One nearly disastrous emergency landing later, everyone disembarks to spend an evening sampling the wonders of Paris. The next day, most of the cast returns to the Concorde for the final leg of the trip to Moscow. No one seems all that curious as to why the jet was attacked multiple times, least of all Blakely. She has a tearful confrontation with Wagner in which she bemoans her poor taste in men (never once mentioning that hooking up with a dude with a wife and three kids is probably bad news even before he decides to murder the hell out of you), tells him it’s over, and completely fails to realize that her former beau wants her dead. So Wagner makes other arrangements, and when the Concorde hits the air for the last time, its cargo bay holds a deadly secret…

Key Scenes: Airport ’79 is stuffed to the gills with random, half-assed subplots. Delon is having an affair with a stewardess, which may lead to something more serious (spoiler alert: “Je t’aime”), and the eternally smarmy John Davidson plays a sports reporter having an affair with gymnast Andrea Marcovicci. The two reveal their romance to the audience through some playful hot-tub banter: 

In addition to all the hormonal madness, there’s Avery Schreiber and his deaf daughter; Charo, dropping in for a scene as a well-dressed ditz trying (and failing) to smuggle her dog on board; David Warner as a navigator with a troubled marriage; Cicely Tyson as a mother transporting a heart to her dying son; Eddie Albert as extremely horny man married to Sybil Danning; and more corny punchlines and cheap sentiment than a Dean Martin roast. None of this is particularly essential, and the movie’s baffling two-hour runtime makes each meandering, forced bit of Love, American Style hilarity all the more painful.

Can easily be distinguished by: It’s The Love Boat in the air, basically. Also, during the Parisian layover (wink wink, nudge nudge), Kennedy meets a suspiciously charming lady who helps him forget his dead wife. He finds out later that the woman was a prostitute hired by Delon to show him a good time (ah, the French), but that doesn’t stop him—and us—from getting a George Kennedy love scene:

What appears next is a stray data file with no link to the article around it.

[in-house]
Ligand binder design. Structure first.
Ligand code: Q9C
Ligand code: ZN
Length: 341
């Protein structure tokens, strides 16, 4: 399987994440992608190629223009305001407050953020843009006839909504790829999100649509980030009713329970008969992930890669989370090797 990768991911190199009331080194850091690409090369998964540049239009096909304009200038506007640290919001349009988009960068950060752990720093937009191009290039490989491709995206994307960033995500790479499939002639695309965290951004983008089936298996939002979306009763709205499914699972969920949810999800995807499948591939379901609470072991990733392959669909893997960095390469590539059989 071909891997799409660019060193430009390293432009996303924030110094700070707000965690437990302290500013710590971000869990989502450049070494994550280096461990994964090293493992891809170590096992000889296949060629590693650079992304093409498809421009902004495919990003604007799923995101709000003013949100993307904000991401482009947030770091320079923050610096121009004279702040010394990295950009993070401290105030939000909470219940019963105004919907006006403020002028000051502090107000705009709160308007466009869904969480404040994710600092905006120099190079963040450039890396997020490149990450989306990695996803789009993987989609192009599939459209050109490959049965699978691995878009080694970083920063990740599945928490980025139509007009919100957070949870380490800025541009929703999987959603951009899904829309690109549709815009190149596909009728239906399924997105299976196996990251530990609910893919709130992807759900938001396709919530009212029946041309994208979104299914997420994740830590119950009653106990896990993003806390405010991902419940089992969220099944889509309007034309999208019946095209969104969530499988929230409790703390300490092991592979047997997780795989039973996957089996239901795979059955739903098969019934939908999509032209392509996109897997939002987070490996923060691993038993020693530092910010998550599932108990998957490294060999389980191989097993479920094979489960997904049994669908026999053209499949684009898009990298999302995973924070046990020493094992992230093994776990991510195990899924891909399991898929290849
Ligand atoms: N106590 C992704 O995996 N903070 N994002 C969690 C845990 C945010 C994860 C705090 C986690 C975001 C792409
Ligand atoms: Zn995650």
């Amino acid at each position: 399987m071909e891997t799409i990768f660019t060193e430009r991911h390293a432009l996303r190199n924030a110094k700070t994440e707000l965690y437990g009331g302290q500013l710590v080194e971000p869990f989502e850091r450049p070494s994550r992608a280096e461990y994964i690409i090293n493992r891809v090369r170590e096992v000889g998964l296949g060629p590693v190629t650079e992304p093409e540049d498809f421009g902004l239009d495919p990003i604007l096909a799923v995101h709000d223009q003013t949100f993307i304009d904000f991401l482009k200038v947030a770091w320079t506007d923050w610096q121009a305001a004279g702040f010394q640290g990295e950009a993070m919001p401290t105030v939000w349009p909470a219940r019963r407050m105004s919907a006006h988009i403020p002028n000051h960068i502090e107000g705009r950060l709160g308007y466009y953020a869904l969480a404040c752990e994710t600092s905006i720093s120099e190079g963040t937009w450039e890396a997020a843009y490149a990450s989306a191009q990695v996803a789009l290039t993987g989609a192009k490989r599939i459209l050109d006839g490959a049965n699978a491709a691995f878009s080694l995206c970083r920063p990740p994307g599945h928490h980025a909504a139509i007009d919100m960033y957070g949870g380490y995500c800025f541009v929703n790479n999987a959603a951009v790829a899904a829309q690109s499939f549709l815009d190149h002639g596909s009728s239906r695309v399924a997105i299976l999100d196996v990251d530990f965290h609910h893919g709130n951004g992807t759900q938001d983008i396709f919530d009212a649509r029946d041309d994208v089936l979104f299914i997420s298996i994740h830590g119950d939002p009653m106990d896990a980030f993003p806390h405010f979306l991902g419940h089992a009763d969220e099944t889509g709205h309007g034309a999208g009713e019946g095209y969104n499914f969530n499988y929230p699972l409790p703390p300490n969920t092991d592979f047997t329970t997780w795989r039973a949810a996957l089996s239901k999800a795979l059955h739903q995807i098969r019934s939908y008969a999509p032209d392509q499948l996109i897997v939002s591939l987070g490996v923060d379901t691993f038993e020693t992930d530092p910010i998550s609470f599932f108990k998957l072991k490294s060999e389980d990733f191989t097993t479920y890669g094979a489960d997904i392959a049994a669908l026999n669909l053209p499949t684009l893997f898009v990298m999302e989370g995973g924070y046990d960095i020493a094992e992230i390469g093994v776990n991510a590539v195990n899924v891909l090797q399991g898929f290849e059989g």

Anyone who ever wanted to see George Kennedy’s post-coital glow can now check off that box on the bucket list. (Next stop—therapy!) 

Sign it was made in 1979: A number of the passengers making the flight are Olympic athletes on their way to a goodwill tour of Moscow, in preparation for the 1980 Summer Olympics. Except the U.S. ended up boycotting the 1980 Summer Olympics, which gave Airport ’79 a small window in which it was topical before it became instantly dated. 

Kennedy is weirdly charming throughout the Airport franchise, with a kind of corpulent geniality that seems to have gone out of favor in modern film; his constant stream of sexist remarks (see below) and the gasps of laughter they inevitably receive have a kind of folksy charm when compared to the entire filmography of Dane Cook.

Plus, there’s Jimmie Walker, playing his sax and gettin’ high:

Timeless message: Nothing can kill the Patroni.

Memorable quotes: Delon woos his lady love: “Can I tell you something very personal? Your hair is in my French fries.” (And yet there are no French fries visible, thus casting doubt on the veracity of the entire film.)

Wagner, describing family time at Studio 54: “My three kids used to climb in [bed] with us. It was like a disco on Saturday night.”

Kennedy’s greatest hits:

“Gee. I remember this Eurasian gal. She had these great big blue eyes. They called her The Tarantula. You ever run into her?” 

“Two cups black. You pilots are such men.” “They don’t call it the cockpit for nothing, honey.”

“There’s a story that back in the ’20s when he was barnstorming, he made a bet he could put it to this good-looking wing-walker. He boffed her out on the wing, a thousand feet above El Paso. His ass got so sunburned, he couldn’t sit down for a week!” 

Available on DVD from Universal Studios.